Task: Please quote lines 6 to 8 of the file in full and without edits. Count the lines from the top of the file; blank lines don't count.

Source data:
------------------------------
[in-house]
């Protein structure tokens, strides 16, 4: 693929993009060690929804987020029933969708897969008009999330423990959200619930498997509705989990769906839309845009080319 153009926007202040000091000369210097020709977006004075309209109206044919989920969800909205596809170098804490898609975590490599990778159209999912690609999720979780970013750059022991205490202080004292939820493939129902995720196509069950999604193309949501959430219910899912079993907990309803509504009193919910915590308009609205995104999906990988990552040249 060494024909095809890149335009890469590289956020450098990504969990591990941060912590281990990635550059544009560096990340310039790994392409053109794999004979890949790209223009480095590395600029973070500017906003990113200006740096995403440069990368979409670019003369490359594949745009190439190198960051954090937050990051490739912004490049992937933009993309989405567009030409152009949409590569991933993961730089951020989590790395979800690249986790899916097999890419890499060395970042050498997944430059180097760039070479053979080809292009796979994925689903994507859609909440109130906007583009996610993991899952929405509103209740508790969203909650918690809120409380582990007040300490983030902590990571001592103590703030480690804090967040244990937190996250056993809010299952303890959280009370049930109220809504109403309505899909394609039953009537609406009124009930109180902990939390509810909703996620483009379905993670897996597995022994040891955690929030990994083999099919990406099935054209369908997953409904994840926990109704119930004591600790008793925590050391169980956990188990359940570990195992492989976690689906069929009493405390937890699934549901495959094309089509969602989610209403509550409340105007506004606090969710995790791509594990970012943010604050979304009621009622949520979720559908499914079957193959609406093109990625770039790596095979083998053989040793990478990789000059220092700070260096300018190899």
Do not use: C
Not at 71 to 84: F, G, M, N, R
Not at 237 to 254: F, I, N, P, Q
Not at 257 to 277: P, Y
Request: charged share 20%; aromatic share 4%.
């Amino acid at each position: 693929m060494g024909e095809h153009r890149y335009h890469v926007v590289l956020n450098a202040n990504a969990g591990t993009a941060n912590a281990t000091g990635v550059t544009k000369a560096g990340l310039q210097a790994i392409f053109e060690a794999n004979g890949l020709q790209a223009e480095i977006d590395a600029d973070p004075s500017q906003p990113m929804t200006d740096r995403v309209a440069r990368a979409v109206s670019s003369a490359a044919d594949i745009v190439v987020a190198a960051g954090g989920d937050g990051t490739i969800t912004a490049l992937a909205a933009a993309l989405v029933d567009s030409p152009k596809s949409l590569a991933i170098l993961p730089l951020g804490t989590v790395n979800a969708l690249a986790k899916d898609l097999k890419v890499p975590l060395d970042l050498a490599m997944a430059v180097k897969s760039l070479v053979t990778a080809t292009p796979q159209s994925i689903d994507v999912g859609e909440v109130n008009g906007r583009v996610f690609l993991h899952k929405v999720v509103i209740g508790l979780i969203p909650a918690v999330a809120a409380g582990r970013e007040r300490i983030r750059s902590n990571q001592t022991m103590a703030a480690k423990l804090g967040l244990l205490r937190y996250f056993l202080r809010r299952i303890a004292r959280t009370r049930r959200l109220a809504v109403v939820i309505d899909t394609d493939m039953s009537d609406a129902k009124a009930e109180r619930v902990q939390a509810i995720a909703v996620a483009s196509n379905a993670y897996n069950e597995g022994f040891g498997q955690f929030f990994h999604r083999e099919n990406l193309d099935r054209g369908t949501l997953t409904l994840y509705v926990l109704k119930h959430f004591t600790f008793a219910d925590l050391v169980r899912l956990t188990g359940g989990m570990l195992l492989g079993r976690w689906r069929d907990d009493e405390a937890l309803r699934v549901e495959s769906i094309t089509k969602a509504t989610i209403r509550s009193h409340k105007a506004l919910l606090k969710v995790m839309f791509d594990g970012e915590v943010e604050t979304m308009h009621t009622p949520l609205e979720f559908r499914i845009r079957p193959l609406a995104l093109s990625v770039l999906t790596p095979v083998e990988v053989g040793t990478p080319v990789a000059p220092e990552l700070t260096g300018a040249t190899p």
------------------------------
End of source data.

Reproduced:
Not at 257 to 277: P, Y
Request: charged share 20%; aromatic share 4%.
């Amino acid at each position: 693929m060494g024909e095809h153009r890149y335009h890469v926007v590289l956020n450098a202040n990504a969990g591990t993009a941060n912590a281990t000091g990635v550059t544009k000369a560096g990340l310039q210097a790994i392409f053109e060690a794999n004979g890949l020709q790209a223009e480095i977006d590395a600029d973070p004075s500017q906003p990113m929804t200006d740096r995403v309209a440069r990368a979409v109206s670019s003369a490359a044919d594949i745009v190439v987020a190198a960051g954090g989920d937050g990051t490739i969800t912004a490049l992937a909205a933009a993309l989405v029933d567009s030409p152009k596809s949409l590569a991933i170098l993961p730089l951020g804490t989590v790395n979800a969708l690249a986790k899916d898609l097999k890419v890499p975590l060395d970042l050498a490599m997944a430059v180097k897969s760039l070479v053979t990778a080809t292009p796979q159209s994925i689903d994507v999912g859609e909440v109130n008009g906007r583009v996610f690609l993991h899952k929405v999720v509103i209740g508790l979780i969203p909650a918690v999330a809120a409380g582990r970013e007040r300490i983030r750059s902590n990571q001592t022991m103590a703030a480690k423990l804090g967040l244990l205490r937190y996250f056993l202080r809010r299952i303890a004292r959280t009370r049930r959200l109220a809504v109403v939820i309505d899909t394609d493939m039953s009537d609406a129902k009124a009930e109180r619930v902990q939390a509810i995720a909703v996620a483009s196509n379905a993670y897996n069950e597995g022994f040891g498997q955690f929030f990994h999604r083999e099919n990406l193309d099935r054209g369908t949501l997953t409904l994840y509705v926990l109704k119930h959430f004591t600790f008793a219910d925590l050391v169980r899912l956990t188990g359940g989990m570990l195992l492989g079993r976690w689906r069929d907990d009493e405390a937890l309803r699934v549901e495959s769906i094309t089509k969602a509504t989610i209403r509550s009193h409340k105007a506004l919910l606090k969710v995790m839309f791509d594990g970012e915590v943010e604050t979304m308009h009621t009622p949520l609205e979720f559908r499914i845009r079957p193959l609406a995104l093109s990625v770039l999906t790596p095979v083998e990988v053989g040793t990478p080319v990789a000059p220092e990552l700070t260096g300018a040249t190899p």